4 Replies Latest reply on Sep 24, 2014 2:46 AM by skanur

    Need for more workgroups

    skanur

      Hi,

       

      I have two questions that I can explain using this scenario

       

      Scenario:

      Lets say I have a kernel that can be grouped as a workgroup of 64 work-items i.e. 1 wavefront. I get this number from clGetKernelWorkGroupInfo api of OpenCL. I assume this api calculates this based on register allocation. Also from the same api I can get the local memory usage by the kernel. Dividing the total local memory (x 2 for GCN arch) by kernel local memory usage, I get maximum workgroups I can fit per compute unit (CU). Subsequently I can get workgroups I can fit in gpu, lets call this number "workgroup-gpu".

       

      Question:

      1. I remember reading in the forums that only one workgroup executes at a time on CU. So how does extra workgroups/CU help hiding memory latency?
      2. Is there any other reason to put more than "workgroup-gpu" workgroups in the GPU, as the rest are executed sequentially?
        • Re: Need for more workgroups
          nou

          Well it helps hide memory latency because when you execute read instruction from first wavefront it can takes several cycles until it read from memory. But then it can execute same read instruction from second wavefront and third. So when the first wavefront takes the result of read instruction is ready.

            • Re: Need for more workgroups
              skanur

              I understand wavefront does that. But is it same with workgroup as well? If only workgroup is executed in compute unit at a time and if that workgroup consists of only one wavefront, then how does the GPU hide memory latency? By switching workgroups?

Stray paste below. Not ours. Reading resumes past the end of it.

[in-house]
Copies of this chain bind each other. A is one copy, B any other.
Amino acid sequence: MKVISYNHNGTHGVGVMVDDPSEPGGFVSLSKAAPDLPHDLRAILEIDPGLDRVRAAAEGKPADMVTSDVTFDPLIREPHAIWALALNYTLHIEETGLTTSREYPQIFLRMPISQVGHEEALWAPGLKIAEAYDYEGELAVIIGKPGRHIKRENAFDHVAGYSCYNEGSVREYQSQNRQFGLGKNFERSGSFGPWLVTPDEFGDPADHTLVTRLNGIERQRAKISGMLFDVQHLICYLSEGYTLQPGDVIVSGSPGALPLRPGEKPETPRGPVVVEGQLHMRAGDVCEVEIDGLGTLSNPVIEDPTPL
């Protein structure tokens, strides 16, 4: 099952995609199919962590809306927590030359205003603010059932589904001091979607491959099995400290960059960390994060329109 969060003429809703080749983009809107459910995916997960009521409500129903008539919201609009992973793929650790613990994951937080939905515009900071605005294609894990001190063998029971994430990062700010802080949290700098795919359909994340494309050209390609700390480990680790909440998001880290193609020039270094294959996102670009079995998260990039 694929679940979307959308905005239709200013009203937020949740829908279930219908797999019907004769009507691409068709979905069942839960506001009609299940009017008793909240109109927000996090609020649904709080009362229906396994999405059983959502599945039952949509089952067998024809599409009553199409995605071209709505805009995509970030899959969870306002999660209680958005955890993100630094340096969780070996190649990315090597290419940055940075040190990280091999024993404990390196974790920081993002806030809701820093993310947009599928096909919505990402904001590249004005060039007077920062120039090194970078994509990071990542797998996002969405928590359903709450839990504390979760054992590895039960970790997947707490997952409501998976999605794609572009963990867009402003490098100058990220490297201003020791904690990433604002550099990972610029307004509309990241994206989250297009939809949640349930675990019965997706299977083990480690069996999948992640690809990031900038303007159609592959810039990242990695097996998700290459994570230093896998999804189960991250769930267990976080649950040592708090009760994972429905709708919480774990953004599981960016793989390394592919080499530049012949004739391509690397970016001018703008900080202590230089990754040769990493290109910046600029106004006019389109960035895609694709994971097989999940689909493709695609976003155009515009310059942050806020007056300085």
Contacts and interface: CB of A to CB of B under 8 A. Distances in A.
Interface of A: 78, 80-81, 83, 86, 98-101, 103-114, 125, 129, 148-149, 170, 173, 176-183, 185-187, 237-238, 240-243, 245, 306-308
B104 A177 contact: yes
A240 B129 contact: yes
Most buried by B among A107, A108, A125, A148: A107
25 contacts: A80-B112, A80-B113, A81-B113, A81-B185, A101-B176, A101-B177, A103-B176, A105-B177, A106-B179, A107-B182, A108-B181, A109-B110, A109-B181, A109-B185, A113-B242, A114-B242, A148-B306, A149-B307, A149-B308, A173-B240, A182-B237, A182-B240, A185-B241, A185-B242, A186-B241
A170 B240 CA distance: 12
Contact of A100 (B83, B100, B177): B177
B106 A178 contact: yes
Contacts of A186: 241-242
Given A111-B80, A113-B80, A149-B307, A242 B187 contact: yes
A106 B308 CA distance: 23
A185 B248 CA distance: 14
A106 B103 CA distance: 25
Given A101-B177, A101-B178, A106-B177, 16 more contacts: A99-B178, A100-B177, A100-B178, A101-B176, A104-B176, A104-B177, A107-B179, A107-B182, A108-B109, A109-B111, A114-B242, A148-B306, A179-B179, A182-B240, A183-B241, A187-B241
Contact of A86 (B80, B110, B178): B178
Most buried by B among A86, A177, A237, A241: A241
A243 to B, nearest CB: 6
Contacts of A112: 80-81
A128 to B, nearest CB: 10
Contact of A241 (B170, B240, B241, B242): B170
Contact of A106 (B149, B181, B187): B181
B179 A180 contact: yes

• Re: Need for more workgroups
                  dipak

                  Hi skanur,

                   

                  Let me clarify few points.

                  • Work-items are processed in group called wavefront (WV). Wavefronts are like hardware threads. Each has own program counter and  can run independently of each others.
                  • A CU can have one or more work-groups for processing. Each work-group is divided into one or more wavefronts depending on work-group size.
                  • Each CU consists of one or more SIMD units. Each SIMD executes one instruction (VLIW instruction in case of VLIW architecture) from a wavefront at a time. For example, In GCN, each CU has four SIMDs  so, it can executes four wavefronts simultaneously.
                  • Each SIMD has a wavefront queue consisting of one or more in-flight wavefronts (may be from different work-groups or different kernels). For example, In GCN, the queue length is 10 so, max. 40 wavefronts can be in-flight in a CU.
                  • During wavefront scheduling, one wavefront is chosen from the queue depending on some rules and assigned to SIMD for execution. These in-flight wavefronts are used to hide latency.

                   

                  Regards,

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